ASEAN KEY DESTINATIONS
PHL economy surging despite uncertainties – gov't
The Philippine economy expanded at one of the fastest rates in Asia last year, data showed Thursday, with an acceleration expected despite many uncertainties surrounding President Rodrigo Duterte's leadership.
Billions of dollars in Chinese investments and the dawn of a "golden age" of infrastructure spending will be among the key drivers of the Philippine economy, the government said as it unveiled 6.8 percent growth in 2016.
That compares with 5.9 percent in 2015.
"This is clear proof that no amount of counterproductive political chatter from certain quarters could undermine the upward trajectory of a domestic economy that is in pretty good shape under a Duterte presidency," Finance Secretary Carlos Dominguez said.
Duterte has become one of the world's more controversial leaders since taking office in the middle of last year, launching a war on drugs that has claimed more than 6,000 lives and repeatedly threatening to impose martial law.
He has also loosened the Philippines' decades-long alliance with the United States –using foul language against former president Barack Obama for criticizing the drug war – while seeking closer ties with China and Russia.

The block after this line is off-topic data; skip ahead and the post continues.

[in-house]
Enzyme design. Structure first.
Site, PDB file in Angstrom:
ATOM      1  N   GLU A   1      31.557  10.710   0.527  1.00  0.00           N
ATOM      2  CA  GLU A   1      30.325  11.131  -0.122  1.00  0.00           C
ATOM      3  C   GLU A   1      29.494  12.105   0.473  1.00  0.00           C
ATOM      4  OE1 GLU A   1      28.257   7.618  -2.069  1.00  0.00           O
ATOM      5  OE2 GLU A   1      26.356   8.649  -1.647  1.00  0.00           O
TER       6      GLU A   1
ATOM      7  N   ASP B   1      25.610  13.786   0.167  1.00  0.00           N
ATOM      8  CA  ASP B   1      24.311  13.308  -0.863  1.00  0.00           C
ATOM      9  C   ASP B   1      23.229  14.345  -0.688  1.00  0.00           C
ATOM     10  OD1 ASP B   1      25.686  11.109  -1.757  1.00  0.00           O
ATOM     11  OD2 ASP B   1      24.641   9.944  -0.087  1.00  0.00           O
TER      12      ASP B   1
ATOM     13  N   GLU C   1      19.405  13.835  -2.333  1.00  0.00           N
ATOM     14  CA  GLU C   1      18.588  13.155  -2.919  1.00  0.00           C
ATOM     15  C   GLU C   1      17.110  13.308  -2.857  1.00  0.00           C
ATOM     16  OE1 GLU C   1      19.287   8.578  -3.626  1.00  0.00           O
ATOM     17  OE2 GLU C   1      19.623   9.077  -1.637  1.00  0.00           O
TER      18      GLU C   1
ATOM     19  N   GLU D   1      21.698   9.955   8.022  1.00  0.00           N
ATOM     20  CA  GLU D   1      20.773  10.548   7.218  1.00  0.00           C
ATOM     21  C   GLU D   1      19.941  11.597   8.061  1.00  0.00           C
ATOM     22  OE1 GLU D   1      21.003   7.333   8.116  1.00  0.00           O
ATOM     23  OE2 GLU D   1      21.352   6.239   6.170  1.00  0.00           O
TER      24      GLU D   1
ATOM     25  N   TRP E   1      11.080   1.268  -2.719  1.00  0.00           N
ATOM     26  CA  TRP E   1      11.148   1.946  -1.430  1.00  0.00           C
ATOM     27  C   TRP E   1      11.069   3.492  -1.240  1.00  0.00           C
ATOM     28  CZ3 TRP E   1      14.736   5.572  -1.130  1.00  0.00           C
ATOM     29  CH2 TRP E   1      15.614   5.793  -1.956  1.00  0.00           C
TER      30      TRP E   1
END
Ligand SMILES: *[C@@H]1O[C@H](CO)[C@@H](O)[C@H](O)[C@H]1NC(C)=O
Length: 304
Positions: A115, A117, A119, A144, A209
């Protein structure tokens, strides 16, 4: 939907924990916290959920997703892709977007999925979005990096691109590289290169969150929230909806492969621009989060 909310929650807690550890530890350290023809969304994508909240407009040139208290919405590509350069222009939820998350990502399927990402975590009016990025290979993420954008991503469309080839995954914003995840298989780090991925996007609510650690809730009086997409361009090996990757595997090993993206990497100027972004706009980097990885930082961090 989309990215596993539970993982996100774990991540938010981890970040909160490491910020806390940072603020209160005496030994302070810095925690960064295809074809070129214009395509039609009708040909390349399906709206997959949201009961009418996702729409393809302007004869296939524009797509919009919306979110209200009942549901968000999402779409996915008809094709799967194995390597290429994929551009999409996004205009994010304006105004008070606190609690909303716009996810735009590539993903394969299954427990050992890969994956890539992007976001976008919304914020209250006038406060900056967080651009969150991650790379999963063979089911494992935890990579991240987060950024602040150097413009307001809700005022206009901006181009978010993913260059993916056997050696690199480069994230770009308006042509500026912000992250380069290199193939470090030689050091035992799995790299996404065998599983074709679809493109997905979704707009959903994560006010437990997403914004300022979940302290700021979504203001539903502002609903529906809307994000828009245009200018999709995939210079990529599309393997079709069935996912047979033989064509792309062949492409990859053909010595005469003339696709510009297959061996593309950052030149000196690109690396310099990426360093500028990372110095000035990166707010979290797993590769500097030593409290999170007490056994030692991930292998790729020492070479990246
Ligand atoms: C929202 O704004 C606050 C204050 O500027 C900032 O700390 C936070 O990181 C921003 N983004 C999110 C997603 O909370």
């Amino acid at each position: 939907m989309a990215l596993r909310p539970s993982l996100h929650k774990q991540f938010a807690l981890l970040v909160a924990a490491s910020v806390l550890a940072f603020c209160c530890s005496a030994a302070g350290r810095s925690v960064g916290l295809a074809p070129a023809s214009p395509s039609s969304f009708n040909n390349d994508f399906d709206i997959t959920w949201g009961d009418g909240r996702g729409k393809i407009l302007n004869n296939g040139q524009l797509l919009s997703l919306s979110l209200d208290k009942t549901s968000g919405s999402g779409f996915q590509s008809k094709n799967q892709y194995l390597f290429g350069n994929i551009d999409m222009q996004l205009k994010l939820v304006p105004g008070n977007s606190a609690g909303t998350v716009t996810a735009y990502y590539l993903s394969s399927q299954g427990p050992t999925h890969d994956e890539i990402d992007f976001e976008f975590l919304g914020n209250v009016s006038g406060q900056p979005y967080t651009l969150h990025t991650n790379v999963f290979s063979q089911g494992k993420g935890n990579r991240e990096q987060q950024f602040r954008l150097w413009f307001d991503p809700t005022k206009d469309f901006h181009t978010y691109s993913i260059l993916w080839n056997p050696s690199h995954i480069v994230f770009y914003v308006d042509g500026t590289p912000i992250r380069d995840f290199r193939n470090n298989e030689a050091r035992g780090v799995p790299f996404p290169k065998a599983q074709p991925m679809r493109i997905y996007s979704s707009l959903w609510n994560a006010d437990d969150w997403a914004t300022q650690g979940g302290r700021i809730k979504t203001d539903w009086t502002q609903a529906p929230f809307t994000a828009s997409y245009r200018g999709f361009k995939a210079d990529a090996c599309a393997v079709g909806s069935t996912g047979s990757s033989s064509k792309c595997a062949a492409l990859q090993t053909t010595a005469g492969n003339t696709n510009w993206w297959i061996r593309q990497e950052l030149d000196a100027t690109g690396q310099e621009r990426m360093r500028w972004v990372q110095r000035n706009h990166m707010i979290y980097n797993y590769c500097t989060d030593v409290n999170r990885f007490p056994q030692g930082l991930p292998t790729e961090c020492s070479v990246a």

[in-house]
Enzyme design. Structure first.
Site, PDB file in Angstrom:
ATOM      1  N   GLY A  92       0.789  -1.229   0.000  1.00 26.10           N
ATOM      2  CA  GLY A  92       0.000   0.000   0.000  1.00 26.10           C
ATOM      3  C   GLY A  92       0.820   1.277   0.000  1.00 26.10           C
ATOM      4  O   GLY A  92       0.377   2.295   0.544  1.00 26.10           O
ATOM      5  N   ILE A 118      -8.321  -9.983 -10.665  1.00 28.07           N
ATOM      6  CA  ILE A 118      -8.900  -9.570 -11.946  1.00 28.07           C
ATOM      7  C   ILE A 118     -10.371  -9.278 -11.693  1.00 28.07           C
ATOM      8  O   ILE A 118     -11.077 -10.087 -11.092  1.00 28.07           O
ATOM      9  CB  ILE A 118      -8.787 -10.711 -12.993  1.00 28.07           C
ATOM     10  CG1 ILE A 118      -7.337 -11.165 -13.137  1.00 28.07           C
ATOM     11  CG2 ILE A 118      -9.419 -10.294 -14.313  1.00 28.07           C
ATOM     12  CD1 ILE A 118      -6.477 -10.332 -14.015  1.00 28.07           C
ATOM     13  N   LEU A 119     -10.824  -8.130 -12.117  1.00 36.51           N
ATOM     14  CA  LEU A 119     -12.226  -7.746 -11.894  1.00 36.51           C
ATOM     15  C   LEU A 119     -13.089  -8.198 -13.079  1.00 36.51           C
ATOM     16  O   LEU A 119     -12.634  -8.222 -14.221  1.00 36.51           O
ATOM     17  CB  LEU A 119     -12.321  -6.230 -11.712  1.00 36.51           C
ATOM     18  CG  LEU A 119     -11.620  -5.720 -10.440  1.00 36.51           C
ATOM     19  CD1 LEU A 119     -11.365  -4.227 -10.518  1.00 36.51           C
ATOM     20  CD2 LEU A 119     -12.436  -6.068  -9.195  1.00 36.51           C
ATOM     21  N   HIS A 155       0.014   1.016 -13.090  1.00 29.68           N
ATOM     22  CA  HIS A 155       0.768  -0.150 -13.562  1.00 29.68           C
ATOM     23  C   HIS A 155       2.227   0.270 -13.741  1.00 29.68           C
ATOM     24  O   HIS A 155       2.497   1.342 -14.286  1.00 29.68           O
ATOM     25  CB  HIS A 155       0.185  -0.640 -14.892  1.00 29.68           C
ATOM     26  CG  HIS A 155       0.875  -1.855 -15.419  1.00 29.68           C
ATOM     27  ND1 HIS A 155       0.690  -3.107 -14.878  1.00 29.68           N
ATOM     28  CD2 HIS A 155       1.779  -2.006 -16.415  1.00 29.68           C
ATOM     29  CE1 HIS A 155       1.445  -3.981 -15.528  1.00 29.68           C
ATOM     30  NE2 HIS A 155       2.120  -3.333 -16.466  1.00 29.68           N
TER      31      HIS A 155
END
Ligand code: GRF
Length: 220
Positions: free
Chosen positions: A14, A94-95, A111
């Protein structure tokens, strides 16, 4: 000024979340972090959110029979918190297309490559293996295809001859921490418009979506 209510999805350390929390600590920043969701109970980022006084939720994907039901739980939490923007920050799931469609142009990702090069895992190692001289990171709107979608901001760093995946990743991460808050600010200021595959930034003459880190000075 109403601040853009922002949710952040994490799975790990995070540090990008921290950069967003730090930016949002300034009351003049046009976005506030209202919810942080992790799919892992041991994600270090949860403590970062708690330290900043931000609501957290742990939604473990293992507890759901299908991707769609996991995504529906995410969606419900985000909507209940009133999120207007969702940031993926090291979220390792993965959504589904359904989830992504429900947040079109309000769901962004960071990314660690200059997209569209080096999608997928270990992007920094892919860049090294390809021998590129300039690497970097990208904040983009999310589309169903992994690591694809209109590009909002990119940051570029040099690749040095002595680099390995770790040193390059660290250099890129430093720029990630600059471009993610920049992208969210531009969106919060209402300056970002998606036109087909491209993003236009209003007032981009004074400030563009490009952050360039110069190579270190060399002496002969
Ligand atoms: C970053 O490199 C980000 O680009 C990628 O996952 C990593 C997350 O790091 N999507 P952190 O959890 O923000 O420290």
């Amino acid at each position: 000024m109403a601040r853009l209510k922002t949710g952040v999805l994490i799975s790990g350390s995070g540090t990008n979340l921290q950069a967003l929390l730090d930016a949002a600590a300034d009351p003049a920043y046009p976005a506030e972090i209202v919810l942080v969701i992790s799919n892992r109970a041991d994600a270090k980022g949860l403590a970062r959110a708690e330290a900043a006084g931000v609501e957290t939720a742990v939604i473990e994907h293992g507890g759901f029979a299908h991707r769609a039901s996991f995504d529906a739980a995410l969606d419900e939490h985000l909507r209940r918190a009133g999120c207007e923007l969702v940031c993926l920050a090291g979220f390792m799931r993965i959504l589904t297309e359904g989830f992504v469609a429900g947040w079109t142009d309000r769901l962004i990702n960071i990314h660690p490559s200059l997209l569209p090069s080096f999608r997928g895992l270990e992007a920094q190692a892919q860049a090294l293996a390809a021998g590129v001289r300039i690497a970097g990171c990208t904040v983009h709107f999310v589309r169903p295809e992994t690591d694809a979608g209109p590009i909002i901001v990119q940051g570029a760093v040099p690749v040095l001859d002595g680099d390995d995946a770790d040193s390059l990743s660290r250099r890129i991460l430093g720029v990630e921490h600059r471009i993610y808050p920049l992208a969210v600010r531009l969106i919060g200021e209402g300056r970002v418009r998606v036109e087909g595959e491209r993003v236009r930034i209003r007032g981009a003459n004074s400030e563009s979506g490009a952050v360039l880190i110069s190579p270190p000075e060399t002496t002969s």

Still, the Philippine economy grew by 6.6 percent year-on-year in the final quarter of 2016, a slight slowdown from the previous three months but still one of the fastest rates in Asia.
This reflected many of the strong fundamentals put in place by Duterte's predecessors, as well as the continued importance of remittances sent home by the roughly 10 million Filipinos working overseas.
"Actually the strategies have been there before. We just now need to accelerate," Socioeconomic Planning Undersecretary Rosemarie Edillon told reporters.
The government said it planned to more than double infrastructure spending – from $17 billion this year to $36.8 billion in 2022 – with the Philippines looking to China and Japan rather than the United States to finance the plans.
"In terms of funding, we are not going to depend much on the US, we are going to get it from the (Asian) neighborhood," Socioeconomic Planning Secretary Ernesto Pernia said.
The Philippines also expects to open up important new export markets in China and Russia, and see a huge influx of tourists from those countries, according to Pernia.
He expressed confidence the economy would grow this year at the upper end of the government's target of 6.5-7.5 percent, then between seven and eight percent for the rest of Duterte's six-year term.
UK-based research firm Capital Economics cited the "uncertain political situation" in the Philippines as a downside risk to its economy, along with a potential loss of trade from the United States due to President Donald Trump's protectionist policies.
But it maintained its forecast that the Philippine economy would grow 6.5 percent this year.
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